I saw that there is some kind of trendy movement to publish the piece of software you like best and use on daily basis, so here there are the Eclipse plugins I use (in fact I’m writing them here to have the links to access them directly 🙂 ). – AspectJ and AJDT: I am a newbie in the aop but these tools help me a lot, and from their community I already learn very valuable ideas – SQLExplorer (former known as JFaceDbc 2.2.1) branched from original JFaceDbc (which got now to version 3.x) – XMLBuddy: no comment (the best in XML). I saw also but this one is not free [sigh/] – ImplementorsJava2HTML: i use it mainly for code reviewing in conjunction with Jupiter – Jagzilla: the plugin I have just patched (now is running really smooth – there can be done more improvement, so I hope I’ll have some more hours to put into it) – Profiler: use it from time to time (still I haven’t got the opportunity to test it under 3.0M9) – Jupiter: the best tool for code reviewing (I patched the last available version to work with 3.0M9, and from time to time I put some little time on fixing bugs) – Eclipse Wiki: I like very much the idea of Wiki, and a personal one is the best to keep my thoughts all together – CodeSugar: old buddy CodeSugar that gives you a nice and clean equals, hashCode, and some other methods implementation. – Colorer-take5 library a little more color in your Eclipse [smile/] – AT-Project: just got broken on my installation. Hope it will be back soon, as I put inside it a lot of my and my team stuff. If you have another you love please let me know.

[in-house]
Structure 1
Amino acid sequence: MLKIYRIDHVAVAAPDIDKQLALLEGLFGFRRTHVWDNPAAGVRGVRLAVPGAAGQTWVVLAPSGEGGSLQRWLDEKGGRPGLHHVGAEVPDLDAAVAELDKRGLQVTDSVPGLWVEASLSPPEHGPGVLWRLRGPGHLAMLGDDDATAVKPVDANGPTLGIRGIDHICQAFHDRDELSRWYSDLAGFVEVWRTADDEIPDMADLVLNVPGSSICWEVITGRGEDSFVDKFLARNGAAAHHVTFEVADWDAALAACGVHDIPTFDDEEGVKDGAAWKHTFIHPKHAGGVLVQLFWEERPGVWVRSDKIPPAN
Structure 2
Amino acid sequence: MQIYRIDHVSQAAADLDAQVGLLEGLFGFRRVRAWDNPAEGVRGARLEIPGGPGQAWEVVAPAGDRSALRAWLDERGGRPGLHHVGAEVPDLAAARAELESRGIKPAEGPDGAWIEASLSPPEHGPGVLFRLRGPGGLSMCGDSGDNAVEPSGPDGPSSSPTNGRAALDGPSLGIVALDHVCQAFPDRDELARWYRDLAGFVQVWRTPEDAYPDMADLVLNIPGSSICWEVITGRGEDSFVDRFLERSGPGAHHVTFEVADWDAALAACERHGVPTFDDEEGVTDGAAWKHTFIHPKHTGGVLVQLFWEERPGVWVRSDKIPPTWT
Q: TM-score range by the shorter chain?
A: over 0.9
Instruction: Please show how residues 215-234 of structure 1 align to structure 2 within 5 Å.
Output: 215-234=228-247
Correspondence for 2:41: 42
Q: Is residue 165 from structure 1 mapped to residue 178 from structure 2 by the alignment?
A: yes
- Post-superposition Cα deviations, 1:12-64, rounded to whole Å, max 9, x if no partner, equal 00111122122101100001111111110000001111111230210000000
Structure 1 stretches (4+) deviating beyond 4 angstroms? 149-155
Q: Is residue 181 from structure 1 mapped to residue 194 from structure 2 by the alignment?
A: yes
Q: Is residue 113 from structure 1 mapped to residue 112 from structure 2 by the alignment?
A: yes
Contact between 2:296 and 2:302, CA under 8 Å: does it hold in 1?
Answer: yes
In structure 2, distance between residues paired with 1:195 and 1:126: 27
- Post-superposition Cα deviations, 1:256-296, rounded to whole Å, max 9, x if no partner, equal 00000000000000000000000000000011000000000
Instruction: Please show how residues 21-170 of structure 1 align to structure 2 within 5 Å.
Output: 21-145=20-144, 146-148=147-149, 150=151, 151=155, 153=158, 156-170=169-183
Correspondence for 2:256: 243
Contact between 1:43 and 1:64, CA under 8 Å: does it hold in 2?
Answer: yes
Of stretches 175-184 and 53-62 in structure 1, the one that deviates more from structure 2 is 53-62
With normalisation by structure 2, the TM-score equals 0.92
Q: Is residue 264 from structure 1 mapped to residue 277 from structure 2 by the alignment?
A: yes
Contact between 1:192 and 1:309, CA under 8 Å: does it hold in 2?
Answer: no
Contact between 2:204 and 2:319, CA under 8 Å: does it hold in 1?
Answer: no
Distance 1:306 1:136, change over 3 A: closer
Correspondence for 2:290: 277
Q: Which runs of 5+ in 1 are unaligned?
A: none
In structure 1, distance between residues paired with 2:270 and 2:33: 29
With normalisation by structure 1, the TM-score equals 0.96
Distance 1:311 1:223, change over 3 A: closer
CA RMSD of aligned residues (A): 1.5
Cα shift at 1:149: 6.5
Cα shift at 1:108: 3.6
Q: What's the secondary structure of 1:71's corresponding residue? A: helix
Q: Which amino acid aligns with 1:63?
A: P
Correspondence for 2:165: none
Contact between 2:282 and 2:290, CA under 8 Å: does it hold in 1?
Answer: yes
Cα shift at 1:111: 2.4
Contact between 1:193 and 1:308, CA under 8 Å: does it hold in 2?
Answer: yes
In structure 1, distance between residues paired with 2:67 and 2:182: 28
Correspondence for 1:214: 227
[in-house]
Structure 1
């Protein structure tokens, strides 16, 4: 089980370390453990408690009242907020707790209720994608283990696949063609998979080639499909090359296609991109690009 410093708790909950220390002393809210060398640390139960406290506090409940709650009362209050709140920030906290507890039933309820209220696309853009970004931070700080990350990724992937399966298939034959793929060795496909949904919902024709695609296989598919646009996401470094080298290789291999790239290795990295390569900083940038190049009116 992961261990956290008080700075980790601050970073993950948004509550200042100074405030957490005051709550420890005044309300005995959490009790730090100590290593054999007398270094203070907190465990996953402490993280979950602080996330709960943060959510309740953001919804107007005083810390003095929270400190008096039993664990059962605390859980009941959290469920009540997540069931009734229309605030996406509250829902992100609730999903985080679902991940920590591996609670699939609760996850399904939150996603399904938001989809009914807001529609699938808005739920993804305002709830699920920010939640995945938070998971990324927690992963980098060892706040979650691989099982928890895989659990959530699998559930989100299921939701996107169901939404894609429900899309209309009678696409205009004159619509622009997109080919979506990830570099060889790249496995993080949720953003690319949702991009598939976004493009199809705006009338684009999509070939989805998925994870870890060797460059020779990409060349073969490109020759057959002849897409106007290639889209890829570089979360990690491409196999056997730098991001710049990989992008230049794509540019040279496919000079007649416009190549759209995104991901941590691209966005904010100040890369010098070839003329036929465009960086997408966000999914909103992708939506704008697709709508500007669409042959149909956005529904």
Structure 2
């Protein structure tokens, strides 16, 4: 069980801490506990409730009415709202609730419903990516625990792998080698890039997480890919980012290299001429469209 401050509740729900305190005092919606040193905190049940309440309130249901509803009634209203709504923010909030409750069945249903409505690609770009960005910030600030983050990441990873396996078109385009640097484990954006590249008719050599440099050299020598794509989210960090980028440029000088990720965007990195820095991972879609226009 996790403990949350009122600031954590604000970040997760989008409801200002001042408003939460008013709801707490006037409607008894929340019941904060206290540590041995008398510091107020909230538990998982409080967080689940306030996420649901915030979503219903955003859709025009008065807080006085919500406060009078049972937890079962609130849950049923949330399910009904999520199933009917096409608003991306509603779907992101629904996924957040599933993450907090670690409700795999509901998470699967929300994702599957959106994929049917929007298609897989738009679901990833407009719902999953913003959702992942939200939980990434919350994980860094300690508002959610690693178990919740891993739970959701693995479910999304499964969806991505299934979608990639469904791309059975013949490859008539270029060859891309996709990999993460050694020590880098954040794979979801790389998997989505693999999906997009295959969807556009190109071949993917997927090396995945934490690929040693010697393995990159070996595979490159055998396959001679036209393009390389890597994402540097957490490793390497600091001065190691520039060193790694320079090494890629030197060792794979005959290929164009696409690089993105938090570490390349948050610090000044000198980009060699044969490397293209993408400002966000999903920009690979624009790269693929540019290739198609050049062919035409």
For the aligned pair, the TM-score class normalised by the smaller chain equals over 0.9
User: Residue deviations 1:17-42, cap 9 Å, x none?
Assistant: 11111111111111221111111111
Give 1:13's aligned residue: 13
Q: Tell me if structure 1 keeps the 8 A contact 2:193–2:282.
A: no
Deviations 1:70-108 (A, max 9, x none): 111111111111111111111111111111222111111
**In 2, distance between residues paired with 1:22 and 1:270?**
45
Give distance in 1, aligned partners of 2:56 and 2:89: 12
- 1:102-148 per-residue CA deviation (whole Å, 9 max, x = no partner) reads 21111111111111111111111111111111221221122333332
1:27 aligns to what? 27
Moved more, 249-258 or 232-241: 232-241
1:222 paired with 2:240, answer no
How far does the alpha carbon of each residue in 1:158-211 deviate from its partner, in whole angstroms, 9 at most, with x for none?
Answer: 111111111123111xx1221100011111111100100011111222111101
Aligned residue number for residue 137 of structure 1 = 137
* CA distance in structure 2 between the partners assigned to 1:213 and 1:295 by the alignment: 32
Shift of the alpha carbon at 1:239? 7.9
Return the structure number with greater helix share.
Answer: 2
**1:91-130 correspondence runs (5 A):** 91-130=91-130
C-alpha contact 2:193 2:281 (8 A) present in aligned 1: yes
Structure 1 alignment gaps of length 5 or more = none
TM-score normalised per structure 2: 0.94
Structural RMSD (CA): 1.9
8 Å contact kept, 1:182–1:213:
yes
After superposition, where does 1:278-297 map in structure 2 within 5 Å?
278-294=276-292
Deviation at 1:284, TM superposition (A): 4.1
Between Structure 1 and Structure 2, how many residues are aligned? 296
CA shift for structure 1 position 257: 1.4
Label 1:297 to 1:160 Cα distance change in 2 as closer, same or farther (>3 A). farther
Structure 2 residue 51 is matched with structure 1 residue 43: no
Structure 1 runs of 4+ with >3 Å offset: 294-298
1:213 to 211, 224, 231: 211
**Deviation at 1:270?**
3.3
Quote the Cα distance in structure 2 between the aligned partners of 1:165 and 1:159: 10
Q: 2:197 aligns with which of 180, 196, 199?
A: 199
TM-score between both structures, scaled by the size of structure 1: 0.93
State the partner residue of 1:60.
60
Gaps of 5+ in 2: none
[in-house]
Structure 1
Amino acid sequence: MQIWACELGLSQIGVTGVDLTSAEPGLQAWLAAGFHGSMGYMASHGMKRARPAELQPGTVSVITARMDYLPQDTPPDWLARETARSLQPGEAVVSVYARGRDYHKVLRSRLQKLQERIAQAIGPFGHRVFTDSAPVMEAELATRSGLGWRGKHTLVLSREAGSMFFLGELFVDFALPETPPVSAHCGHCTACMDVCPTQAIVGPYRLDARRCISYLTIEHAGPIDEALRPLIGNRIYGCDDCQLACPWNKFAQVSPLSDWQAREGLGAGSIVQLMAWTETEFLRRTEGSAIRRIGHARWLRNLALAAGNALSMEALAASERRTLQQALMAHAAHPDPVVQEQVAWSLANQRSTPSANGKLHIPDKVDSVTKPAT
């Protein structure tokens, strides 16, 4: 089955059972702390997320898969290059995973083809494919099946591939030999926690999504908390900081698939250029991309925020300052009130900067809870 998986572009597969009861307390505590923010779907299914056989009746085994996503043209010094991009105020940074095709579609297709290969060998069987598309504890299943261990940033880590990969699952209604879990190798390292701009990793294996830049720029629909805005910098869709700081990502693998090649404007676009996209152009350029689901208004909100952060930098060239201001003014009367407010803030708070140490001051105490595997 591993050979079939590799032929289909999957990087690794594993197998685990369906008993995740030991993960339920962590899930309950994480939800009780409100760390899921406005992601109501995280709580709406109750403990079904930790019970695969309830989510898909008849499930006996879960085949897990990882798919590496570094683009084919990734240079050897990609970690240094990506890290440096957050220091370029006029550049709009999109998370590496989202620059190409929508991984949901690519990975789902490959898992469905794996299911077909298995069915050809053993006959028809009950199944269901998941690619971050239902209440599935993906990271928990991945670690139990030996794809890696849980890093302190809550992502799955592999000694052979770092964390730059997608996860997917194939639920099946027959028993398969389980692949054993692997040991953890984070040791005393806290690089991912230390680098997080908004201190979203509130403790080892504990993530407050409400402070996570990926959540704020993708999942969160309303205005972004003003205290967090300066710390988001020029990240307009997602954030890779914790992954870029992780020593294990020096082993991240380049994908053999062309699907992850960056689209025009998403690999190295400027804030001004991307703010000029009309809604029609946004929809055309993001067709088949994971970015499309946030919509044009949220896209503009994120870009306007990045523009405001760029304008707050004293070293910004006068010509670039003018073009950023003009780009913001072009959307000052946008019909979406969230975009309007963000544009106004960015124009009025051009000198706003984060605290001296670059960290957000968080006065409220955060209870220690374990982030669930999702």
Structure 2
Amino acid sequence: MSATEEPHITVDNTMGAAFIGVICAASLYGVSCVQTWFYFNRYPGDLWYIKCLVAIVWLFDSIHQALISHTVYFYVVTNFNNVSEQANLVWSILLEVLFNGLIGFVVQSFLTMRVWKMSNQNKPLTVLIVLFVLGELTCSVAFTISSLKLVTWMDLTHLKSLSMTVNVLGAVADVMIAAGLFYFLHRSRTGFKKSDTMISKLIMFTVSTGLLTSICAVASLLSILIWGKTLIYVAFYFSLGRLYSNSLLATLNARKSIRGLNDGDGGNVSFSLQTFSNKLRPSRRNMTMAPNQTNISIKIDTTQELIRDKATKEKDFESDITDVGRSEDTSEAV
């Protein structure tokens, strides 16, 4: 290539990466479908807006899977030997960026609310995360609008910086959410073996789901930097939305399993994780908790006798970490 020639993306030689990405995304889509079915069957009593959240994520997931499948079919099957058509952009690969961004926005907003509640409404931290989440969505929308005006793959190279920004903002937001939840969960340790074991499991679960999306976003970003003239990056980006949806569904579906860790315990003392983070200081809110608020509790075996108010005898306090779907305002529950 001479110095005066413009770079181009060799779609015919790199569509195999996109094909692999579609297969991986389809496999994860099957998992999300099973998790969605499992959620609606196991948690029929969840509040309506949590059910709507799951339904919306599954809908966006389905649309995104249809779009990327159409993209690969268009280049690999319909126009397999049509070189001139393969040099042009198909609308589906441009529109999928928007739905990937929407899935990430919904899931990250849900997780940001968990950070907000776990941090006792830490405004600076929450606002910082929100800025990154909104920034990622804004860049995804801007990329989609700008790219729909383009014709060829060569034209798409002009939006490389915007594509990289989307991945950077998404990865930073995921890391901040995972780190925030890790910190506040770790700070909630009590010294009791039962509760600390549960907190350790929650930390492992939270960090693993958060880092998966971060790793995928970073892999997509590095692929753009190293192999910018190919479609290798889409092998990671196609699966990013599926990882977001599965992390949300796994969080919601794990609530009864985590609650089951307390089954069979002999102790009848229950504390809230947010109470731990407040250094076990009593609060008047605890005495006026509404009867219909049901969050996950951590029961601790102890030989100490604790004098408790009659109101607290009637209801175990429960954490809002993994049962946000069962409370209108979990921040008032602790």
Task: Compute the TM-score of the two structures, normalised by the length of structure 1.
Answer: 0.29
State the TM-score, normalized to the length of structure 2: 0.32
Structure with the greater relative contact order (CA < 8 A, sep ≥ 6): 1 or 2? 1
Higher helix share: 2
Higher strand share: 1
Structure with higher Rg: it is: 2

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freshmeat harvest – part 1

This is the first part of a long harvest time on freshmeat announced projects:

* Linux

* Java

* Misc

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Tomcat – JRockit

Found this on this weblog: Random thoughts:

Turns out that it wasn’t Tomcat 5 that provided the 15-20ms/page performance. Instead, it was the JRockit 8 JVM that did the trick. I got the same performance with Tomcat 4, but switching to Sun JVM /w server settings increased the rendering time to about 40ms/page. Oh well.

I definitely must try this.